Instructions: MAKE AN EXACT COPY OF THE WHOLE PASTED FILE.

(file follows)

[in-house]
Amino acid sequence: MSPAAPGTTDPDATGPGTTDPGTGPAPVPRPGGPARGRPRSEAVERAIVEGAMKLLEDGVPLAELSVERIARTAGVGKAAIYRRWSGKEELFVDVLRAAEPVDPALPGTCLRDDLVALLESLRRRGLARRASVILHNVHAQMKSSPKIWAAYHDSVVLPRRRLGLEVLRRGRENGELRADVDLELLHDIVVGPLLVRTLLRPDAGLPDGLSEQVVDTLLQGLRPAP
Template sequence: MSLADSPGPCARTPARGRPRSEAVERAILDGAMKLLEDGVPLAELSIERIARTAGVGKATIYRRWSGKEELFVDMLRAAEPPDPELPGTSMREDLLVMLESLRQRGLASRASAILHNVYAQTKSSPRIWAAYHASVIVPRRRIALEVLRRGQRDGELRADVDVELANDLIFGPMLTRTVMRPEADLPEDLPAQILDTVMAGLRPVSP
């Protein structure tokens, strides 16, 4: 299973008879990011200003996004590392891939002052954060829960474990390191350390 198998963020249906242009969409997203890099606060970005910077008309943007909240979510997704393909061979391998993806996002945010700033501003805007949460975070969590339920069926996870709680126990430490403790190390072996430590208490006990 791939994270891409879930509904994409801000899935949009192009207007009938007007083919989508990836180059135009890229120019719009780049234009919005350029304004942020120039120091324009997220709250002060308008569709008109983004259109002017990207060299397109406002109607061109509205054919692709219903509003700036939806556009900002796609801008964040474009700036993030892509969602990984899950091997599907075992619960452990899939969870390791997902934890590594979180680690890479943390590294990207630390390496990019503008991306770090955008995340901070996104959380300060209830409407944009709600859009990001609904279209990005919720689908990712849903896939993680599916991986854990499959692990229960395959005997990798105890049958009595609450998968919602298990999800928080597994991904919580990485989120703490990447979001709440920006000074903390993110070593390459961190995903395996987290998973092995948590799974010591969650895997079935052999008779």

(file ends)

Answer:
[in-house]
Amino acid sequence: MSPAAPGTTDPDATGPGTTDPGTGPAPVPRPGGPARGRPRSEAVERAIVEGAMKLLEDGVPLAELSVERIARTAGVGKAAIYRRWSGKEELFVDVLRAAEPVDPALPGTCLRDDLVALLESLRRRGLARRASVILHNVHAQMKSSPKIWAAYHDSVVLPRRRLGLEVLRRGRENGELRADVDLELLHDIVVGPLLVRTLLRPDAGLPDGLSEQVVDTLLQGLRPAP
Template sequence: MSLADSPGPCARTPARGRPRSEAVERAILDGAMKLLEDGVPLAELSIERIARTAGVGKATIYRRWSGKEELFVDMLRAAEPPDPELPGTSMREDLLVMLESLRQRGLASRASAILHNVYAQTKSSPRIWAAYHASVIVPRRRIALEVLRRGQRDGELRADVDVELANDLIFGPMLTRTVMRPEADLPEDLPAQILDTVMAGLRPVSP
């Protein structure tokens, strides 16, 4: 299973008879990011200003996004590392891939002052954060829960474990390191350390 198998963020249906242009969409997203890099606060970005910077008309943007909240979510997704393909061979391998993806996002945010700033501003805007949460975070969590339920069926996870709680126990430490403790190390072996430590208490006990 791939994270891409879930509904994409801000899935949009192009207007009938007007083919989508990836180059135009890229120019719009780049234009919005350029304004942020120039120091324009997220709250002060308008569709008109983004259109002017990207060299397109406002109607061109509205054919692709219903509003700036939806556009900002796609801008964040474009700036993030892509969602990984899950091997599907075992619960452990899939969870390791997902934890590594979180680690890479943390590294990207630390390496990019503008991306770090955008995340901070996104959380300060209830409407944009709600859009990001609904279209990005919720689908990712849903896939993680599916991986854990499959692990229960395959005997990798105890049958009595609450998968919602298990999800928080597994991904919580990485989120703490990447979001709440920006000074903390993110070593390459961190995903395996987290998973092995948590799974010591969650895997079935052999008779």